This is a 3 part series on dealing with lice. The first post addresses basic information about lice and products, the second addresses treating lice and cleaning the home, and the third addresses prevention. I am not a medical doctor; this post is based on my personal experience with lice, and is not intended to replace medical advice. Check with your doctor concerning diagnosis, and treatment options.
While this may be an itchy subject that we don’t normally talk about, I think it’s an important one that we mom’s need to share with each other. If you’re dealing with lice right now, let me encourage you that if you’re diligent in treating the lice, the lice won’t stick around forever! This was a month and a half long process for us (primarily because I wasn’t diligent at the start), and I was almost ready to shave my daughter’s and my hair completely off! I felt embarrassed, isolated, and as if this would plague us for the rest of our lives. God is good, my friends; he carried us through the lice, and he’ll carry you through it as well.
About four years ago, we discovered lice in my daughter’s hair (age 3 at the time), and unfortunately, I ended up with lice as well. No worries for my local friends; the lice is long gone! 🙂 However, there’s so much that we did, tried, and information learned, that I think it’s worth sharing it with you. First, some basic information I learned about lice:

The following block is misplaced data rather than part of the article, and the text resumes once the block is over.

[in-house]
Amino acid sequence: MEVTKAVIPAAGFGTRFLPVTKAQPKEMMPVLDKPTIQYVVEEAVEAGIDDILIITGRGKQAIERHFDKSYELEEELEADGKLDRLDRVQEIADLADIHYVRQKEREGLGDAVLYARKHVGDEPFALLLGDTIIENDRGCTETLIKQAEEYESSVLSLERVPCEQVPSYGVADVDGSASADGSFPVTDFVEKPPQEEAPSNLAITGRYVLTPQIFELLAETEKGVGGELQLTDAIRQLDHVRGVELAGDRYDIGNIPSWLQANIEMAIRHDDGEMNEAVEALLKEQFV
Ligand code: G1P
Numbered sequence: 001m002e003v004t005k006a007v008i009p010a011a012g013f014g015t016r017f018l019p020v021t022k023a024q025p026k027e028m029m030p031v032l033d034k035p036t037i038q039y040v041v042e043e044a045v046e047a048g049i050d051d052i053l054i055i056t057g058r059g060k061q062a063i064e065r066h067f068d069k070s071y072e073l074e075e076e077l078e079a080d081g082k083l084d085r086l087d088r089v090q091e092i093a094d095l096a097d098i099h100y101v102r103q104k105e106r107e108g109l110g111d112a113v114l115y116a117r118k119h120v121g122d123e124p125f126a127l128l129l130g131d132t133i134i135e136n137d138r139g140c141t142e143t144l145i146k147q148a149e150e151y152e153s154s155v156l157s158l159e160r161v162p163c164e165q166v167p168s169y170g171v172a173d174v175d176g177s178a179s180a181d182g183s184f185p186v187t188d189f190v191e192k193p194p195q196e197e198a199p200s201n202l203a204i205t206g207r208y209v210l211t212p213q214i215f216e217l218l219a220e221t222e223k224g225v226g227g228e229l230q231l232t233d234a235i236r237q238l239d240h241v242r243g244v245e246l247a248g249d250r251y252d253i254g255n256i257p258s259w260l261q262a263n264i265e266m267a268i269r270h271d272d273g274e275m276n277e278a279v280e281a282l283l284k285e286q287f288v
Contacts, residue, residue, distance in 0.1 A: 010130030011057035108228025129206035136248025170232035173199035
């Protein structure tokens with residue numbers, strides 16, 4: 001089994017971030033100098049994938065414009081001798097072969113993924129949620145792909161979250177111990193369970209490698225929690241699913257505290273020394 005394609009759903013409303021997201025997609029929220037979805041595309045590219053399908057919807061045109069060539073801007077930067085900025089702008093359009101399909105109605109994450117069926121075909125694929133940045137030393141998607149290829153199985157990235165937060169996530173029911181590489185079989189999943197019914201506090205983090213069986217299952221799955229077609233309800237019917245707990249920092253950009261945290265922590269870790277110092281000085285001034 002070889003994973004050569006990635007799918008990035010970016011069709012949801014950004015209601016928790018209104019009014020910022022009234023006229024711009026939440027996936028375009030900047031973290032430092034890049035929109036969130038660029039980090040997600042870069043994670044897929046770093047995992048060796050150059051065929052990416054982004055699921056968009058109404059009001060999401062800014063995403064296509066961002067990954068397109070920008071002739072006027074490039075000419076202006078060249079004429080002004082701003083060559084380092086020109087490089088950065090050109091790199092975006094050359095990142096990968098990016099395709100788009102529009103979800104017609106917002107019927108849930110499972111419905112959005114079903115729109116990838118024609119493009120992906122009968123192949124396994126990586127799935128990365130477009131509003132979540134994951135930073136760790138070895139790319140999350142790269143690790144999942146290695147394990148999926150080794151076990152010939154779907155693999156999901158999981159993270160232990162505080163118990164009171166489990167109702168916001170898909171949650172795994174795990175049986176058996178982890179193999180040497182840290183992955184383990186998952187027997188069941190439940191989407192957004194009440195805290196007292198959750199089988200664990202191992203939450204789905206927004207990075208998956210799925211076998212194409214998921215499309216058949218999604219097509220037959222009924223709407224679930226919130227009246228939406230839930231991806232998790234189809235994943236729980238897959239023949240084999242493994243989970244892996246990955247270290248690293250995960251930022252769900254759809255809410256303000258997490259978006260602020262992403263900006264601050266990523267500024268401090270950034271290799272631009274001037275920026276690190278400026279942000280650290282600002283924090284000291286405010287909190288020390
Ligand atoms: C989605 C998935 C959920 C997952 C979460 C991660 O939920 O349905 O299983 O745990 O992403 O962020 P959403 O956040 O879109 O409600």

Lice don’t jump, or fly…ever. They do not have wings, or hind legs, so they can’t jump or fly. The only way to catch lice is by rubbing heads with someone, or by sharing brushes, combs, hats, bed pillows, etc…
Lice can live for about 48 hours, on a human host. There’s differing information about the life cycle; some say 24-48 hours, while others say 48-72. By then, they’ve already laid hundreds of eggs. They can also live for up to 6 hours underwater.
Lice eggs are called nits. Lice attach their eggs (nits) on the hair shaft with a sticky substance, and are usually yellow or white in color. However, the nits we encountered were all brown. How do I know if it’s a nit attached to my child’s head? Well, try blowing on the hair shaft, or rubbing it off gently. If it comes off easily, it’s probably some sort of dandruff. If not…it might be lice. If you’re still unsure, watch your child for a few days checking her hair for more nits or lice. If it is lice, you’ll notice more nits, and more scratching.
You can’t kill nits. This information may have changed in the past few years, but as far as I know, you can kill lice, but not the nits. The idea is that you kill the lice, and then remove the nits.
How do I check my child’s hair for lice?
This is what worked for us:
- use a well lit area (the more light the better)
- grab a small section of hair either behind the ears, at the crown of the head, or the nape of the neck (these are typical places for lice to go first)
- lift the hair up to look underneath, rather than parting the hair to look down on the head (this helped me spot the nits easier)
- gently finger comb her hair, looking closely at the shaft of the hair strands